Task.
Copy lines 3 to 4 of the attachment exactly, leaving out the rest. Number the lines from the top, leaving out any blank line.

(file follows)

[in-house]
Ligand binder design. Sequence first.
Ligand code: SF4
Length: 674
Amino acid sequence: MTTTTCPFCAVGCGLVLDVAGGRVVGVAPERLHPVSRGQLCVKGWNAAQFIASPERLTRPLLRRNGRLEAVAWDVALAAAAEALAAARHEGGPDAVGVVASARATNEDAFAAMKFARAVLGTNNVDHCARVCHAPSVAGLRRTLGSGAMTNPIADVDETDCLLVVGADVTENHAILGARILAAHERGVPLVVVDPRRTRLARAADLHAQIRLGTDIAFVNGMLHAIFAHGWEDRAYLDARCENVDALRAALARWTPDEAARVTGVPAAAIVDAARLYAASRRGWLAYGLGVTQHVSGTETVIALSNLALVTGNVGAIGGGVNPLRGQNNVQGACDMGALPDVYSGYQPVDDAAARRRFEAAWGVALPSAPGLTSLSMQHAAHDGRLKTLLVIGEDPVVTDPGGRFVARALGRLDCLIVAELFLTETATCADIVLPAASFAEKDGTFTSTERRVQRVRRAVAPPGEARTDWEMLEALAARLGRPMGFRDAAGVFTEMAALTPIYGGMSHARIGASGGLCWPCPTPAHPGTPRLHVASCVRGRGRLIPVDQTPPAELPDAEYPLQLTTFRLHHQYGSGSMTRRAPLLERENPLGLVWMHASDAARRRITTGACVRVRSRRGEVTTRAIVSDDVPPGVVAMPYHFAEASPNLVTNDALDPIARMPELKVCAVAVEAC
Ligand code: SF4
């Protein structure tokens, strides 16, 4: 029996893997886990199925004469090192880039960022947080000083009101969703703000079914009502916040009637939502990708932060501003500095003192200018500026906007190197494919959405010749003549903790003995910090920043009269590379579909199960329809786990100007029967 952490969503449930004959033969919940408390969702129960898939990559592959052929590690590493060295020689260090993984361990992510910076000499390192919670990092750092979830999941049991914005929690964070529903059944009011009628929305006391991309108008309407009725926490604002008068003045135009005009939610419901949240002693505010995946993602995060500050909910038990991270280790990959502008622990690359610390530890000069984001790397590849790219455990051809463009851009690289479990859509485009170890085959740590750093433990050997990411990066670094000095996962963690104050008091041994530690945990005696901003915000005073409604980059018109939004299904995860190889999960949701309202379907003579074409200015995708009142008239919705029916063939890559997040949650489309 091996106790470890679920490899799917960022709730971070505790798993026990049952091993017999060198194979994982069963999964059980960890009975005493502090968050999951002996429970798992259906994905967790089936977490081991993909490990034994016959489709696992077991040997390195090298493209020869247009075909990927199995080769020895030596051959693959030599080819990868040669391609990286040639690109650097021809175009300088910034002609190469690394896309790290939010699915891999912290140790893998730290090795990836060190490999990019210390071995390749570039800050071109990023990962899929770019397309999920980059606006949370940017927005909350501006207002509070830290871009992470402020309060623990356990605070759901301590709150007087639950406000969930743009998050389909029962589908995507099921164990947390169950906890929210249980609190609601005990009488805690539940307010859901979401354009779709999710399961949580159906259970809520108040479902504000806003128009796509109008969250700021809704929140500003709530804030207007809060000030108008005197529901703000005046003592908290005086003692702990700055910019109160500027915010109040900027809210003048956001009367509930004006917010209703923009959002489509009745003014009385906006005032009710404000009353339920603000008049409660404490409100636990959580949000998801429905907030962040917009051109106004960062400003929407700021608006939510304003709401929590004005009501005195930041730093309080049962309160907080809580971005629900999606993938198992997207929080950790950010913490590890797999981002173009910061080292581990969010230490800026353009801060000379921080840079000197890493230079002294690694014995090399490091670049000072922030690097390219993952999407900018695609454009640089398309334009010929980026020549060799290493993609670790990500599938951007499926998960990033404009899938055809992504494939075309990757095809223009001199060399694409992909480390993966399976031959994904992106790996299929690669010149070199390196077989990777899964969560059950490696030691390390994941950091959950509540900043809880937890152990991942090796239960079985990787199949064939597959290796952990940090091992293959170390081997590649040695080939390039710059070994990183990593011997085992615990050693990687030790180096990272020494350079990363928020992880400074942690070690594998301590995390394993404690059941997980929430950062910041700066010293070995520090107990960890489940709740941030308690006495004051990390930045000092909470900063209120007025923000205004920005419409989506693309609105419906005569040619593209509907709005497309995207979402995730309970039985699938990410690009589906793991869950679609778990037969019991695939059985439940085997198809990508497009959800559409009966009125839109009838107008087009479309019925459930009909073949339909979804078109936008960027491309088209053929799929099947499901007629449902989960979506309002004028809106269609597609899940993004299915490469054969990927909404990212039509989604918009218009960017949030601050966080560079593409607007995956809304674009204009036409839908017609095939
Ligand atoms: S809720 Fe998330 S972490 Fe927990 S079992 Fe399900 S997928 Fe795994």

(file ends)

Ligand code: SF4
Length: 674